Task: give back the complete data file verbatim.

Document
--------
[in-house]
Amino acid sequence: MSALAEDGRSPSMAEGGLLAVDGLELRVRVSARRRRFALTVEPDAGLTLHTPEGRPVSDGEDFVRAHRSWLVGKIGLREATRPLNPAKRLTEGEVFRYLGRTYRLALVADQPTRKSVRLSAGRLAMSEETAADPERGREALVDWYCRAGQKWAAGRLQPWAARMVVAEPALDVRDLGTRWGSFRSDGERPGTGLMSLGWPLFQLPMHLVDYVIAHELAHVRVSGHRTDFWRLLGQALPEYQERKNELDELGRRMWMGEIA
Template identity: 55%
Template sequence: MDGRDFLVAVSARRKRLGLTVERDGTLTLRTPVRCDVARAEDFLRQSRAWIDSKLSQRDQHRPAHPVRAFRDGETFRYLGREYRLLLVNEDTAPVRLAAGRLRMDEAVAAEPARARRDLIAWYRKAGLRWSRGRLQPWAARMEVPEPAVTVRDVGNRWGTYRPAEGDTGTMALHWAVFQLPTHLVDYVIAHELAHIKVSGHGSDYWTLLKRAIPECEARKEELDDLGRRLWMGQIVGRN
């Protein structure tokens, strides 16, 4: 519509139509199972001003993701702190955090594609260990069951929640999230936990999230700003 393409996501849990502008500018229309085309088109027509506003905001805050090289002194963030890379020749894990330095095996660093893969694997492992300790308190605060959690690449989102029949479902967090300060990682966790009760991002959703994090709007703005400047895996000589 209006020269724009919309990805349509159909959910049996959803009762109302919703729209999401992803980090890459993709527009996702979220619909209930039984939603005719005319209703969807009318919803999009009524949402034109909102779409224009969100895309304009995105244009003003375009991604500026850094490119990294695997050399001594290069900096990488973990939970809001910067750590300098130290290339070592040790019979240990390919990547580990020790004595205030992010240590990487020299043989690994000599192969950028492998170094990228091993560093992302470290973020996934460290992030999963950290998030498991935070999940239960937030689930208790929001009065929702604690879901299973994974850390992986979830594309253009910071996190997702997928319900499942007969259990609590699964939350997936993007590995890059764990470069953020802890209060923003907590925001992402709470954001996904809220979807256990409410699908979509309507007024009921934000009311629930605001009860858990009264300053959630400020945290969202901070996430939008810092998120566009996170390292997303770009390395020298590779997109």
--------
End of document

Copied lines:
[in-house]
Amino acid sequence: MSALAEDGRSPSMAEGGLLAVDGLELRVRVSARRRRFALTVEPDAGLTLHTPEGRPVSDGEDFVRAHRSWLVGKIGLREATRPLNPAKRLTEGEVFRYLGRTYRLALVADQPTRKSVRLSAGRLAMSEETAADPERGREALVDWYCRAGQKWAAGRLQPWAARMVVAEPALDVRDLGTRWGSFRSDGERPGTGLMSLGWPLFQLPMHLVDYVIAHELAHVRVSGHRTDFWRLLGQALPEYQERKNELDELGRRMWMGEIA
Template identity: 55%
Template sequence: MDGRDFLVAVSARRKRLGLTVERDGTLTLRTPVRCDVARAEDFLRQSRAWIDSKLSQRDQHRPAHPVRAFRDGETFRYLGREYRLLLVNEDTAPVRLAAGRLRMDEAVAAEPARARRDLIAWYRKAGLRWSRGRLQPWAARMEVPEPAVTVRDVGNRWGTYRPAEGDTGTMALHWAVFQLPTHLVDYVIAHELAHIKVSGHGSDYWTLLKRAIPECEARKEELDDLGRRLWMGQIVGRN
């Protein structure tokens, strides 16, 4: 519509139509199972001003993701702190955090594609260990069951929640999230936990999230700003 393409996501849990502008500018229309085309088109027509506003905001805050090289002194963030890379020749894990330095095996660093893969694997492992300790308190605060959690690449989102029949479902967090300060990682966790009760991002959703994090709007703005400047895996000589 209006020269724009919309990805349509159909959910049996959803009762109302919703729209999401992803980090890459993709527009996702979220619909209930039984939603005719005319209703969807009318919803999009009524949402034109909102779409224009969100895309304009995105244009003003375009991604500026850094490119990294695997050399001594290069900096990488973990939970809001910067750590300098130290290339070592040790019979240990390919990547580990020790004595205030992010240590990487020299043989690994000599192969950028492998170094990228091993560093992302470290973020996934460290992030999963950290998030498991935070999940239960937030689930208790929001009065929702604690879901299973994974850390992986979830594309253009910071996190997702997928319900499942007969259990609590699964939350997936993007590995890059764990470069953020802890209060923003907590925001992402709470954001996904809220979807256990409410699908979509309507007024009921934000009311629930605001009860858990009264300053959630400020945290969202901070996430939008810092998120566009996170390292997303770009390395020298590779997109």